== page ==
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Contact: Wirongrong Chierakul, MD 6689 1058571

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Sappasithiprasong Hospital Recruiting
Ubonratchathani, Ubon, Thailand
Contact: Direk Limmathurotsakul, MD    6681 6149551   
Udon Thani General Hospital Recruiting
Udon Thani, Thailand
Contact: Prapit Teparakkul, MD    6681 8779864      
Sponsors and Collaborators
University of Oxford
Mahidol University
Wellcome Trust
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Principal Investigator: Wirongrong Chierakul, MD Mahidol University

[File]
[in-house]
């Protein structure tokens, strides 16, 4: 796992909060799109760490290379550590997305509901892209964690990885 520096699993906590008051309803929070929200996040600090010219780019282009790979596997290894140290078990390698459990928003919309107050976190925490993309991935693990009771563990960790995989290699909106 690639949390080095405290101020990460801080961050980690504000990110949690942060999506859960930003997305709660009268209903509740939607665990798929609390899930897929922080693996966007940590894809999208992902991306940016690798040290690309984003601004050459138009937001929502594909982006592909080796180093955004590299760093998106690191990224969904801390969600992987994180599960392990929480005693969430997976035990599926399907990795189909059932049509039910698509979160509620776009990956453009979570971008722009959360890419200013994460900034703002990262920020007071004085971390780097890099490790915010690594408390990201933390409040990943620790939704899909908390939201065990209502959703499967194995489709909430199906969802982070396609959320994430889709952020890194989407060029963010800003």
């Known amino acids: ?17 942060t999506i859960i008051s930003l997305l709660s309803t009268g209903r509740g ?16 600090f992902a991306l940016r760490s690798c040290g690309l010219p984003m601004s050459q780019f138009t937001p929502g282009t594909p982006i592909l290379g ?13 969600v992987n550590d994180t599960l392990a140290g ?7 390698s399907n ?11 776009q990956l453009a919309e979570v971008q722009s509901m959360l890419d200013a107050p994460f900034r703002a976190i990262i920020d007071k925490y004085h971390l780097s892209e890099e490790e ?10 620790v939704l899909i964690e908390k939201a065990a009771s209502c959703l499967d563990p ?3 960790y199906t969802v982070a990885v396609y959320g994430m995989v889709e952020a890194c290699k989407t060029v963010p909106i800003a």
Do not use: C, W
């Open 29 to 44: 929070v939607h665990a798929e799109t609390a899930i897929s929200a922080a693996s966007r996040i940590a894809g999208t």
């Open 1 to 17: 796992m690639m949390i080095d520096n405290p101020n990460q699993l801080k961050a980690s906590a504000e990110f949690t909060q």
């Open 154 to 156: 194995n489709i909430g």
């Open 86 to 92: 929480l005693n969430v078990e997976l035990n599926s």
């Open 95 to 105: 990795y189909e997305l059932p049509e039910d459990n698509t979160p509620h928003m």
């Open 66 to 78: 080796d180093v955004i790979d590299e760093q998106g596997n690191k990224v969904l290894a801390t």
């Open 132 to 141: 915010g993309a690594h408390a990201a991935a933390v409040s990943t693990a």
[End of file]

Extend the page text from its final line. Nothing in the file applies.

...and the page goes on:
Publications automatically indexed to this study by Identifier (NCT Number):
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Responsible Party: Nick Day, Oxford University Identifier: NCT00579956    
Other Study ID Numbers: OXTREC 018-06
First Posted: December 24, 2007    Key Record Dates
Last Update Posted: June 4, 2008
Last Verified: August 2007
Additional relevant MeSH terms:
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Burkholderia Infections
Gram-Negative Bacterial Infections
Bacterial Infections
Bacterial Infections and Mycoses
Anti-Bacterial Agents
Anti-Infective Agents